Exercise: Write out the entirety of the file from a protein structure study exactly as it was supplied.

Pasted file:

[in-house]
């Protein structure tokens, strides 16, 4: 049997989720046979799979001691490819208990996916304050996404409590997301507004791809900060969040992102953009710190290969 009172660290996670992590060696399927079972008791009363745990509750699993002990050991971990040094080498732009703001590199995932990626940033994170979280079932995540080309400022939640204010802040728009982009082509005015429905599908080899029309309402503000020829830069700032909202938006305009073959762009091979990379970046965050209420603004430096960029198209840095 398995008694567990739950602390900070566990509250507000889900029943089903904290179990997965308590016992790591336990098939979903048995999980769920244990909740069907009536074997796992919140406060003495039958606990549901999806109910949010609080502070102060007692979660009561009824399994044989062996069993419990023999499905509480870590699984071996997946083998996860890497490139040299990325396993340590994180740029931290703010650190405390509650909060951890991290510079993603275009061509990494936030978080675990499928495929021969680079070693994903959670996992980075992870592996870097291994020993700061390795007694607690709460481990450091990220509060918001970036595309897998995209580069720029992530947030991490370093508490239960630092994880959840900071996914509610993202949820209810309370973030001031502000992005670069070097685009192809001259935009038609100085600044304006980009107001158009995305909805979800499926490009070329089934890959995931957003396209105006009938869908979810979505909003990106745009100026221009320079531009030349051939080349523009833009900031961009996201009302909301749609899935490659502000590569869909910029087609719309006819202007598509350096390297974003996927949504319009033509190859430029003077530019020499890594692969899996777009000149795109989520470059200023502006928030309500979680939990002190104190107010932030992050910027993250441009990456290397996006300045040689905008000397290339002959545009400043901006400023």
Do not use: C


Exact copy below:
[in-house]
């Protein structure tokens, strides 16, 4: 049997989720046979799979001691490819208990996916304050996404409590997301507004791809900060969040992102953009710190290969 009172660290996670992590060696399927079972008791009363745990509750699993002990050991971990040094080498732009703001590199995932990626940033994170979280079932995540080309400022939640204010802040728009982009082509005015429905599908080899029309309402503000020829830069700032909202938006305009073959762009091979990379970046965050209420603004430096960029198209840095 398995008694567990739950602390900070566990509250507000889900029943089903904290179990997965308590016992790591336990098939979903048995999980769920244990909740069907009536074997796992919140406060003495039958606990549901999806109910949010609080502070102060007692979660009561009824399994044989062996069993419990023999499905509480870590699984071996997946083998996860890497490139040299990325396993340590994180740029931290703010650190405390509650909060951890991290510079993603275009061509990494936030978080675990499928495929021969680079070693994903959670996992980075992870592996870097291994020993700061390795007694607690709460481990450091990220509060918001970036595309897998995209580069720029992530947030991490370093508490239960630092994880959840900071996914509610993202949820209810309370973030001031502000992005670069070097685009192809001259935009038609100085600044304006980009107001158009995305909805979800499926490009070329089934890959995931957003396209105006009938869908979810979505909003990106745009100026221009320079531009030349051939080349523009833009900031961009996201009302909301749609899935490659502000590569869909910029087609719309006819202007598509350096390297974003996927949504319009033509190859430029003077530019020499890594692969899996777009000149795109989520470059200023502006928030309500979680939990002190104190107010932030992050910027993250441009990456290397996006300045040689905008000397290339002959545009400043901006400023």
Do not use: C